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Digitallife ... ...
    Music on the move
2006-02-21 08:46

Wang Zhongjun has had trouble making money from his record company. Piracy has been a problem, and less people are buying records than ever before, says the president of Beijing-based Huayi Brothers. The company owns a number of entertainment firms, including a film production house and a record company.

Huayi Brothers' contract singers, such as popular duo Yu Quan, usually struggle to sell more than 500,000 records. They make money through sheer hard work, Wang says, adding that singers usually must almost solely rely on national concert tours.

So when Wang found "Super Girl" Zhang Liangying, he imagined his record company would soon be selling songs over mobile phones, which would less susceptible to piracy. Zhang placed third in an "American Idol"-type knockoff on Chinese TV last year.

Zhang is definitely popular, and tens of millions of Chinese viewers regularly tuned into the live "Super Girl" programme. The three finalists received more than 8 million votes by SMS (short messaging service) in August. Wang is a big fan of the attractive Zhang, who does an impressive take on US superstar Mary Carey.

"Zhang is really talented and will be a big money maker for Huayi," says Wang.

Huayi Brothers and NASDAQ-listed Hurray! Holdings Co Ltd, a wireless value-added service provider, signed a contract with Zhang last October. Wang hopes Zhang's fans will be willing to pay for song downloads on their mobile phones.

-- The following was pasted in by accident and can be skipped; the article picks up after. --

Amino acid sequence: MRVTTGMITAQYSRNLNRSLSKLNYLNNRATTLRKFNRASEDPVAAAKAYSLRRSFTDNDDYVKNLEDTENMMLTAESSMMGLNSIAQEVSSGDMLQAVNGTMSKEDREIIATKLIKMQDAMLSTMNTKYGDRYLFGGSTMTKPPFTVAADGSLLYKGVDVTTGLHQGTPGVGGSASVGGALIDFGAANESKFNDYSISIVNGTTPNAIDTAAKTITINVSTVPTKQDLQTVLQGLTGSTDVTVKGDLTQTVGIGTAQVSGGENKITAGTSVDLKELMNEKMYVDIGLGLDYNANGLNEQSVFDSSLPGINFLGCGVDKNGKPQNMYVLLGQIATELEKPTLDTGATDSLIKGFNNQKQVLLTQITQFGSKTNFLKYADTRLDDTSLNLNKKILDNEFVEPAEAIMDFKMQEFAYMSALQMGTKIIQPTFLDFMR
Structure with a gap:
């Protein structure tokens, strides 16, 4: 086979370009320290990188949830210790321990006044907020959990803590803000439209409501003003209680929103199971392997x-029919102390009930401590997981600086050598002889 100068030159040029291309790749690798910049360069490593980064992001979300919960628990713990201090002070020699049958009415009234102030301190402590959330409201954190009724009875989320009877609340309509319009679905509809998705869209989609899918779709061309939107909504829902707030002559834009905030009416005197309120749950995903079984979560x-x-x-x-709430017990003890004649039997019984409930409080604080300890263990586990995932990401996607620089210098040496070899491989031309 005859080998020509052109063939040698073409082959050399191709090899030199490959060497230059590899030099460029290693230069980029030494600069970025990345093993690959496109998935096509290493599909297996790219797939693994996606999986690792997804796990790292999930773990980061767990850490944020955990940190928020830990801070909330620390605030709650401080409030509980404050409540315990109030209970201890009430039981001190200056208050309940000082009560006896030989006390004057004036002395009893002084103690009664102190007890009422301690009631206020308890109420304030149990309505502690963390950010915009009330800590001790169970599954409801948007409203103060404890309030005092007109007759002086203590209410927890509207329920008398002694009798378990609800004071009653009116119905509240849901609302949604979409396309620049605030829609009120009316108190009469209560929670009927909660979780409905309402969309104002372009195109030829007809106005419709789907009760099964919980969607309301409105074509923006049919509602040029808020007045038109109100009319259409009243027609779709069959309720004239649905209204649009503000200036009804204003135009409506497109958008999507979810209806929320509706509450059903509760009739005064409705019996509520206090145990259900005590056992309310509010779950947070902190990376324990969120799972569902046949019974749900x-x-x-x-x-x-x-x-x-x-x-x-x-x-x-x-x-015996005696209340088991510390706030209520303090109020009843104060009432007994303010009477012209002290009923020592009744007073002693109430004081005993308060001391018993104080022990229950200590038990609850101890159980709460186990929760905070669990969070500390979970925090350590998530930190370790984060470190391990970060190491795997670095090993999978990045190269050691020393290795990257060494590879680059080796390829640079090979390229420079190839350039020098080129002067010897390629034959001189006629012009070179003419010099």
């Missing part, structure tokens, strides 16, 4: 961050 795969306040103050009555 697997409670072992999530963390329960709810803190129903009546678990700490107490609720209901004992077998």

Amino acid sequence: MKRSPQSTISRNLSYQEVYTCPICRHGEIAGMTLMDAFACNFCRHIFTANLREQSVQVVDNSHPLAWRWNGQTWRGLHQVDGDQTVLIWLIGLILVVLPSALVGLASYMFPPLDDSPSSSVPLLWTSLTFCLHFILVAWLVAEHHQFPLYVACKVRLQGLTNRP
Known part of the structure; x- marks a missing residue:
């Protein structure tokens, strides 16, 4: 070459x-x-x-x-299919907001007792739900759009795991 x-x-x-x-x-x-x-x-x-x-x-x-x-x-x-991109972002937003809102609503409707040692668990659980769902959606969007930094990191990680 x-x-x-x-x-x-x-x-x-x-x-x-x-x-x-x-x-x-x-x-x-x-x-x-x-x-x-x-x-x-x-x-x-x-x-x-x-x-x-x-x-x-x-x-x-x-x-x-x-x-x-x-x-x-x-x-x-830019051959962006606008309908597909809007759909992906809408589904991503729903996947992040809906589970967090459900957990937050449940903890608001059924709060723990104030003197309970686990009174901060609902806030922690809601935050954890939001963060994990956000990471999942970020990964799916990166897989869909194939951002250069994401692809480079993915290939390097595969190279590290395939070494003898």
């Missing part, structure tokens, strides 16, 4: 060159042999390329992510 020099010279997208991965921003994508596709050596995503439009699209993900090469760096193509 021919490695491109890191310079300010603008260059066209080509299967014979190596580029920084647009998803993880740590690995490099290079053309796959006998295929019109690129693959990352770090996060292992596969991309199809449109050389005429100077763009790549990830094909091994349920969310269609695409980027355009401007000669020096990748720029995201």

"Wireless communications could really help the record industry," says Wang.

"And I expect the vast majority of our revenues to come from new media."

Hurray! signed a deal last December to acquire a 51 per cent stake in Huayi Brothers' record production firm. In January it worked with Yahoo! China on the release of Zhang Liangying's first EP, "Jane - Love." Fans can buy the songs on Yahoo! China's website or Hurray!'s mobile platform.

Hurray! has the exclusive rights to distribute songs through wireless access protocol (WAP), colour ring back tones (CRBT), interactive voice response (IVR), multimedia messaging services (MMS), and SMS before Zhang's EP is publicly launched.

"This is a new multi-channel focused business model that releases music through the combined power of the Internet, mobile Internet and traditional the EP/CD format," says Hurray!'s Chairman and Chief Executive Officer QD Wang. "We believe that this business model will not only help us effectively control piracy problems, but also promote digital entertainment in China."

Chinese mobile phone subscribers usually pay between 1 and 3 yuan (12 to 36 US cents) to download a song.

Music downloads on mobile phones offer better digital rights management (DRM). Some singers have already profited by releasing their songs through new technologies. A Mandarin pop song called "Mice Love Rice" was solely released for CRBT services, for example. It has been downloaded to more than 10 million handsets since it was first released. At its peak, the song was downloaded 6 million times in one month, generating revenue equivalent to the sale of about 700,000 CDs.